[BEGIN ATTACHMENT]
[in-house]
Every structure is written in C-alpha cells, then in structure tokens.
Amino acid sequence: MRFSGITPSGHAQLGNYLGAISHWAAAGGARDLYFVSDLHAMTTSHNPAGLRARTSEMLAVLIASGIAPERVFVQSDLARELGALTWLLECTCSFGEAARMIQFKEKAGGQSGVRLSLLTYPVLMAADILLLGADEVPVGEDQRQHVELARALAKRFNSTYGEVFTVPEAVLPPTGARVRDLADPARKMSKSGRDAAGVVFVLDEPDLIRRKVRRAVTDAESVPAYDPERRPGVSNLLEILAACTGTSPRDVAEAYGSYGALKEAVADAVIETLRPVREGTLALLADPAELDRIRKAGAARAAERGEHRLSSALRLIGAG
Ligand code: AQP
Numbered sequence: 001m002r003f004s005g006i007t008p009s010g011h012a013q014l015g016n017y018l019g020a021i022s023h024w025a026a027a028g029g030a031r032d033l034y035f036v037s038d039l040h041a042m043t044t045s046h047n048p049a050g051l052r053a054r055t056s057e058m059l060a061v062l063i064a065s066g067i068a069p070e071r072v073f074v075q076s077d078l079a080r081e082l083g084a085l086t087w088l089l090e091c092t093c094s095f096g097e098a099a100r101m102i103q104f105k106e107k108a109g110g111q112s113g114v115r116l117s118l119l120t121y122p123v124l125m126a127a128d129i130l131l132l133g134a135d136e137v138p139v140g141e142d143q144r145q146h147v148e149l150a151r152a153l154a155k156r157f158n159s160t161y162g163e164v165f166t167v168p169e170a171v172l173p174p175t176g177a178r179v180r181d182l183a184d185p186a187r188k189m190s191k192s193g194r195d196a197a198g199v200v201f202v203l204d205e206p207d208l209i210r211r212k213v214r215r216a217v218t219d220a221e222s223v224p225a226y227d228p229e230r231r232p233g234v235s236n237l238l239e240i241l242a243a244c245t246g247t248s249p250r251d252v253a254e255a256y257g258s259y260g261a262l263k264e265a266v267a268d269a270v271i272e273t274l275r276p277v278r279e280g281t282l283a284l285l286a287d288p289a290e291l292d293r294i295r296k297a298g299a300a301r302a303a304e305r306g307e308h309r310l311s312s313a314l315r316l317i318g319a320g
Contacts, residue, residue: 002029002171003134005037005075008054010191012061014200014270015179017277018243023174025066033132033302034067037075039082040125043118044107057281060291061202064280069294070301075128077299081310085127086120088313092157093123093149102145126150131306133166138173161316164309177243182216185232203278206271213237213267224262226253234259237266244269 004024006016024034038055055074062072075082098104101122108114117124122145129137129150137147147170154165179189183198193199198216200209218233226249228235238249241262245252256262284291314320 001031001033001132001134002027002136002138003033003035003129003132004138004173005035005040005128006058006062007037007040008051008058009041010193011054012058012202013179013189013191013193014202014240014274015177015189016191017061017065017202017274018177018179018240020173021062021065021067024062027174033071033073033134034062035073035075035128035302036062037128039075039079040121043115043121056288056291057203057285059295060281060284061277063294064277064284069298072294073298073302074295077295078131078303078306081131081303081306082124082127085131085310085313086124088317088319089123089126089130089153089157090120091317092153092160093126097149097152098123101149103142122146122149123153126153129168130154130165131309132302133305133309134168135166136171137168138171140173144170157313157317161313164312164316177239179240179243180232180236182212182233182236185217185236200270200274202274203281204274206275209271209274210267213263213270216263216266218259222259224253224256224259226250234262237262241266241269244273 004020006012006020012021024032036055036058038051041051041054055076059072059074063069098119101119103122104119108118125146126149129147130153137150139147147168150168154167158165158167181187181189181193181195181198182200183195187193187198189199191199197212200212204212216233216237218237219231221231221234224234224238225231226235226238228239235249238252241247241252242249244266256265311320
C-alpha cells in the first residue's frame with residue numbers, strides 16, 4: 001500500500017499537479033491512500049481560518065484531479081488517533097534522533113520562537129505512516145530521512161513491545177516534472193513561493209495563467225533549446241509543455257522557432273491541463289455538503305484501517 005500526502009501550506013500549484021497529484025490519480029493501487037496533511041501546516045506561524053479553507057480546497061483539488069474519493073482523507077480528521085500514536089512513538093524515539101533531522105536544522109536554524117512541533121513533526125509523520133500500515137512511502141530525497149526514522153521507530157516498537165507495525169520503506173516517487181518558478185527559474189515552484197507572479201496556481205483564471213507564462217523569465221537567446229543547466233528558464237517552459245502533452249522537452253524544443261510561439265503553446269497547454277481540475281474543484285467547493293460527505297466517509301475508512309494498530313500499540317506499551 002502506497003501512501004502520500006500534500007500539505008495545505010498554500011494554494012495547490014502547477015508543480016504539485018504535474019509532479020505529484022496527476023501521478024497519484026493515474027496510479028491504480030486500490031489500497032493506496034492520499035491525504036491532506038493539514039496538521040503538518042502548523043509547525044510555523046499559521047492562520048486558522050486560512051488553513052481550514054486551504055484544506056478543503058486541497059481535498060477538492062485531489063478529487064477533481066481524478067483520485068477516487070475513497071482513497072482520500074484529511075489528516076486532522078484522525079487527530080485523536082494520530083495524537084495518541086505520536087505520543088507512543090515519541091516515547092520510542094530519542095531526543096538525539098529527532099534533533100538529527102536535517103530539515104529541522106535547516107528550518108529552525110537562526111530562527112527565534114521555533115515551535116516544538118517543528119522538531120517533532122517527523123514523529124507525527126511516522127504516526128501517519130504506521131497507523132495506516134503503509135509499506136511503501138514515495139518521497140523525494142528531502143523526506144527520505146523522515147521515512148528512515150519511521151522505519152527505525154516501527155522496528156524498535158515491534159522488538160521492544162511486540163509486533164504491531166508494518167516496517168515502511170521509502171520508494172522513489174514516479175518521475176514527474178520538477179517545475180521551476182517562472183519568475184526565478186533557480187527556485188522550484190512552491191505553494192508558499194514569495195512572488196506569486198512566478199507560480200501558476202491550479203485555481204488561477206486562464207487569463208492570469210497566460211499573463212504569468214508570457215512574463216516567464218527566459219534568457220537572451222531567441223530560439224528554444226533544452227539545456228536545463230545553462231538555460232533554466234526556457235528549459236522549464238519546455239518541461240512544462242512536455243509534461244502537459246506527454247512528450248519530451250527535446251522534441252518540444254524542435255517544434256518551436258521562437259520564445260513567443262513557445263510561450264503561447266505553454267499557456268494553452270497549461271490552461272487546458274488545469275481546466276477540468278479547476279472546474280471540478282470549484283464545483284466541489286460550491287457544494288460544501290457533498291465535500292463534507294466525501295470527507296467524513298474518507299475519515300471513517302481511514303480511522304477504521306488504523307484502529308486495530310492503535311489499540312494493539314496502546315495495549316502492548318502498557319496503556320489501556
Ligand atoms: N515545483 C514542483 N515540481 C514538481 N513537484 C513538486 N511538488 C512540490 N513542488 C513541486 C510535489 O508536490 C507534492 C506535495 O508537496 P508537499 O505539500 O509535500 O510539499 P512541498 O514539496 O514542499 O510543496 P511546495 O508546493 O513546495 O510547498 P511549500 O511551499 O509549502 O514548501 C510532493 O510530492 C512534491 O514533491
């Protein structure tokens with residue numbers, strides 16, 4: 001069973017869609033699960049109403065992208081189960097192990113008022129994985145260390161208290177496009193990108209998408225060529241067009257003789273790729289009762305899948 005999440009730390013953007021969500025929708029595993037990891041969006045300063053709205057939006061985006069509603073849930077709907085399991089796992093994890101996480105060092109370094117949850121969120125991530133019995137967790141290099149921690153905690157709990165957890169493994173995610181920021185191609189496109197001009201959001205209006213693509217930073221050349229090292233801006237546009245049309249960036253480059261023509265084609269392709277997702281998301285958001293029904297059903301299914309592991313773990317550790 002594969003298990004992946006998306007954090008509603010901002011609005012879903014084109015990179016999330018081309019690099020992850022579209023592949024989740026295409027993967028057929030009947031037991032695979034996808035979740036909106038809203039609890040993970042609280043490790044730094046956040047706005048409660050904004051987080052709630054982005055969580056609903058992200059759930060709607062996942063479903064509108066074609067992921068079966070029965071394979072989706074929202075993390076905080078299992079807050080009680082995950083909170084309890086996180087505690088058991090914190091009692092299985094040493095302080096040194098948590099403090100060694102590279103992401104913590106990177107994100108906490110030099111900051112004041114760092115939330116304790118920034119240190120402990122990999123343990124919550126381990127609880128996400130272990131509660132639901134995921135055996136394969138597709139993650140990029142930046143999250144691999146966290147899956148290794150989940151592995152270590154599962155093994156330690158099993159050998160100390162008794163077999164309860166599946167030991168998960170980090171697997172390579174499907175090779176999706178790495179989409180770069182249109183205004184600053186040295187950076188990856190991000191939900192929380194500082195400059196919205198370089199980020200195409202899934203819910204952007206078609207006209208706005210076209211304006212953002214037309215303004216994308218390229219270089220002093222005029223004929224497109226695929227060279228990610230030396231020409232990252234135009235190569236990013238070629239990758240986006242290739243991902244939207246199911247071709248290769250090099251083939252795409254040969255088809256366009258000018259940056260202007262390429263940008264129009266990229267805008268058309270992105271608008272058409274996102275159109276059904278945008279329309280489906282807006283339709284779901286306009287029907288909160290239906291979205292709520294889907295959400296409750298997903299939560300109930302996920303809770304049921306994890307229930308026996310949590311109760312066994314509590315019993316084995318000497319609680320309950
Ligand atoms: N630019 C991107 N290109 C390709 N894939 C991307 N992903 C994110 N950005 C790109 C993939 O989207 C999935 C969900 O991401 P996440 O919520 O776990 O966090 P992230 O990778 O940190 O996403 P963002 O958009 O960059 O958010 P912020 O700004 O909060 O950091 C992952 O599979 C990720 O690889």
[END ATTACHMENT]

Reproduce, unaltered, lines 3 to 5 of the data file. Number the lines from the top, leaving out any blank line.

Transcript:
Amino acid sequence: MRFSGITPSGHAQLGNYLGAISHWAAAGGARDLYFVSDLHAMTTSHNPAGLRARTSEMLAVLIASGIAPERVFVQSDLARELGALTWLLECTCSFGEAARMIQFKEKAGGQSGVRLSLLTYPVLMAADILLLGADEVPVGEDQRQHVELARALAKRFNSTYGEVFTVPEAVLPPTGARVRDLADPARKMSKSGRDAAGVVFVLDEPDLIRRKVRRAVTDAESVPAYDPERRPGVSNLLEILAACTGTSPRDVAEAYGSYGALKEAVADAVIETLRPVREGTLALLADPAELDRIRKAGAARAAERGEHRLSSALRLIGAG
Ligand code: AQP
Numbered sequence: 001m002r003f004s005g006i007t008p009s010g011h012a013q014l015g016n017y018l019g020a021i022s023h024w025a026a027a028g029g030a031r032d033l034y035f036v037s038d039l040h041a042m043t044t045s046h047n048p049a050g051l052r053a054r055t056s057e058m059l060a061v062l063i064a065s066g067i068a069p070e071r072v073f074v075q076s077d078l079a080r081e082l083g084a085l086t087w088l089l090e091c092t093c094s095f096g097e098a099a100r101m102i103q104f105k106e107k108a109g110g111q112s113g114v115r116l117s118l119l120t121y122p123v124l125m126a127a128d129i130l131l132l133g134a135d136e137v138p139v140g141e142d143q144r145q146h147v148e149l150a151r152a153l154a155k156r157f158n159s160t161y162g163e164v165f166t167v168p169e170a171v172l173p174p175t176g177a178r179v180r181d182l183a184d185p186a187r188k189m190s191k192s193g194r195d196a197a198g199v200v201f202v203l204d205e206p207d208l209i210r211r212k213v214r215r216a217v218t219d220a221e222s223v224p225a226y227d228p229e230r231r232p233g234v235s236n237l238l239e240i241l242a243a244c245t246g247t248s249p250r251d252v253a254e255a256y257g258s259y260g261a262l263k264e265a266v267a268d269a270v271i272e273t274l275r276p277v278r279e280g281t282l283a284l285l286a287d288p289a290e291l292d293r294i295r296k297a298g299a300a301r302a303a304e305r306g307e308h309r310l311s312s313a314l315r316l317i318g319a320g